Case: Mullin v. Lagace, 2015 ONCA 757 (CanLII) 

Keywords: s.133 of the Courts of Justice Act; Costs Awards; Leave to Appeal; Ontario Court of Appeal


The appellant, Brenda Mullin, is injured in a car accident – she’s a passenger in a car driven by Randy Lagace. Ms. Mullin adds her own insurance company, Allstate (co-respondent on appeal) as defendant following her discovery that Mr. Lagace is uninsured.

The action settles before trial for $190,000.00 plus costs to be agreed upon or assessed.

At the assessment, Ms. Mullin seeks $528,522.25 in costs and an additional $20,000.00 for disbursements. The assessment officer issues a Certificate of Assessment of Costs in the amount of $231,137.93.

Allstate appeals to the Superior Court of Justice under s. 17(b) of the Courts of Justice Act, R.S.O. 1990, c. C.43 and under R. 62.01(1)(b) of the Rules of Civil Procedure, R.R.O. 1990, O. Reg. 194. The costs award is substantially reduced to $102,000.00 all-inclusive.

Ms. Mullins seeks to appeal this decision to the Court of Appeal.

Allstate moves to quash the appeal, arguing that, since the appeal is solely about costs, leave to appeal must be sought pursuant to s. 133(b) of the Courts of Justice Act.

The Court of Appeal is persuaded by the moving party’s argument with respect to s. 133(b) of the Courts of Justice Act. The motion to quash the appeal is therefore allowed (without prejudice to the appellant’s right to seek leave in writing under Rule 61.03.1(1) of the Rules of Civil Procedure).


The appeal route for costs appeals is now set out expressly at s. 133(b) of the Courts of Justice Act. The Court of Appeal was unequivocal and clear at paragraph 8 in its judgment:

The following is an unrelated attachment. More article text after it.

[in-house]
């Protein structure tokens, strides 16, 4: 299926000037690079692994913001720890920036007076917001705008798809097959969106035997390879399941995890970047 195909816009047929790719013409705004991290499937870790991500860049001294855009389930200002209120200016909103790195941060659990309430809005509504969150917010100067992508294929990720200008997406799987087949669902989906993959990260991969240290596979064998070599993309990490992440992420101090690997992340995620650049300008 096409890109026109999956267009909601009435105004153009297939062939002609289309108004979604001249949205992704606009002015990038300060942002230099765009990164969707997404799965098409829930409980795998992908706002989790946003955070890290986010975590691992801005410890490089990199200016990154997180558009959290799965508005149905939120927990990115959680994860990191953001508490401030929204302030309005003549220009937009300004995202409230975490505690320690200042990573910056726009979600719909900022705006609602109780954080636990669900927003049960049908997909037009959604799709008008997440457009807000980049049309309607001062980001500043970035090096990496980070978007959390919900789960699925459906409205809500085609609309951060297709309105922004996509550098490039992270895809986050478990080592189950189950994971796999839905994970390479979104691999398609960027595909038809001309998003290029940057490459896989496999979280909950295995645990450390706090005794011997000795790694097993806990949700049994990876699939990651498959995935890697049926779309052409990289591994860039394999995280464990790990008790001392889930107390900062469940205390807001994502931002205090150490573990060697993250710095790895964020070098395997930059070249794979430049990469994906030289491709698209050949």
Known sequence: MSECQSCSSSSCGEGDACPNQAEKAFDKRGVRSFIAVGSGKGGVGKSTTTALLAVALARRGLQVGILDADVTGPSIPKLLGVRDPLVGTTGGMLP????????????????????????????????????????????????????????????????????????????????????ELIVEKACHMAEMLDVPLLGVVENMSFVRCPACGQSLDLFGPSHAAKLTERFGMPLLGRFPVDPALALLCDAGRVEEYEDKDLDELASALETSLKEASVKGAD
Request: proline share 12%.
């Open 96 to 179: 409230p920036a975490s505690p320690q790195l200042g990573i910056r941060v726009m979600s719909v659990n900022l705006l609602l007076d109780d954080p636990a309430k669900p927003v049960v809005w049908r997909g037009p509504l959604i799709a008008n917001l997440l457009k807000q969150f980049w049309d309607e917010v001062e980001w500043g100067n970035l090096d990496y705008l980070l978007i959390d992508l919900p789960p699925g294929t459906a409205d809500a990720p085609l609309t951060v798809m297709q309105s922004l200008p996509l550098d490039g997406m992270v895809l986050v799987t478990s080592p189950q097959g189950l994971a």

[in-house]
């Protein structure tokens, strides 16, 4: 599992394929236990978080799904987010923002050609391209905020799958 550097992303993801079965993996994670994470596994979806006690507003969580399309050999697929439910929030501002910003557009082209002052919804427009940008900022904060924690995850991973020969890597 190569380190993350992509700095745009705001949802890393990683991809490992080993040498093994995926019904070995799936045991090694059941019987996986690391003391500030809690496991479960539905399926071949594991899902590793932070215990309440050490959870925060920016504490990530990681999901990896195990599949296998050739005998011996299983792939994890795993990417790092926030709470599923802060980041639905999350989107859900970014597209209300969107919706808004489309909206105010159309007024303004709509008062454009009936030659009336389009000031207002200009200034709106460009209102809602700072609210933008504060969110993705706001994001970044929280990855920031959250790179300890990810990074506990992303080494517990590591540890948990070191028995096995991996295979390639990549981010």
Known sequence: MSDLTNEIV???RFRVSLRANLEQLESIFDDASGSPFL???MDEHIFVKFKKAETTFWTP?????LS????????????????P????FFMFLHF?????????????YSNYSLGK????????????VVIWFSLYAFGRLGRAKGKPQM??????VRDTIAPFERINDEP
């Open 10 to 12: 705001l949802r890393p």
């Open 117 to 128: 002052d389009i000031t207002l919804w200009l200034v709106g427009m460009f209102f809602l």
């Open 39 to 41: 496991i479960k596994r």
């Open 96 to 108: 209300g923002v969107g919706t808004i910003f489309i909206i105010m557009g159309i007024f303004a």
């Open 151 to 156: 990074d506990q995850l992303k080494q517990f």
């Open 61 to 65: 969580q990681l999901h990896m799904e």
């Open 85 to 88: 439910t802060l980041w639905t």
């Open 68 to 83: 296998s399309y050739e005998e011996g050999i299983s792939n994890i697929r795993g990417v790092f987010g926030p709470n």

• when appeals come to the Court of Appeal, if the appeal relates only to costs, leave is required.
  • when the appeal is both substantive and as to costs, leave is required for the costs component.
  • had this case proceeded to trial, then if the trial judge fixed costs, an appeal of the trial judge’s costs decision is subject to the leave requirement at s. 133 of the Courts of Justice Act.
  1. 133(b) of the Courts of Justice Act provides as follows:

“No appeal lies without leave of the court to which the appeal is to be taken…(b) where the appeal is only as to costs that are in the discretion of the court that made the order for costs”[emphasis added]

The Court of Appeal prefers “[a] simple and consistent approach…” using s. 133(b) – the Court found the old authority of Rickwood et al. v. The Town of Alymer, [1955] O.R. 470 (C.A.), 1955 CarswellOnt 60 (cited by Allstate) is superseded by s. 133 of the Courts of Justice Act.

Allstate argued the Rickwood decision stood for the proposition that any appeal in this case would be to the Divisional Court with leave under s. 19 of the Courts of Justice Act. The reason: as per the Court in Rickwood, the decision below was interlocutory – an order “…made in working out the judgment.”

In the present case, the Court of Appeal found the decision below to be a final order relating to costs. Furthermore, leave to appeal lies to the Court of Appeal, “…since the amount in issue exceeds the threshold of $50,000.00 referred to in s. 19(1.2)(a) of the Courts of Justice Act”.

A cursory review of caselaw relating to s.133 of the Courts of Justice Act suggests leave to appeal a costs order will be granted sparingly – only where strong grounds exist to show the lower court erred (see for example McNaughton Automotive Ltd. v. Co-operators General Insurance Co., 62 C.P.C. (6th) 196, 2008 CarswellOnt 7384, 95 O.R. (3d) 365, 2008 ONCA 597, 298 D.L.R. (4th) 86, 250 O.A.C. 252, [2008] O.J. No. 5040 (C.A.); additional reasons at 2009 CarswellOnt 4443, 2009 ONCA 598, 76 C.C.L.I. (4th) 56, 75 C.P.C. (6th) 1 (C.A.)).

Counsel for the Moving Party: Todd McCarthy and Sophia Chaudri (Flaherty McCarthy, Toronto)

Counsel for the Respondent: Patrick Wymes

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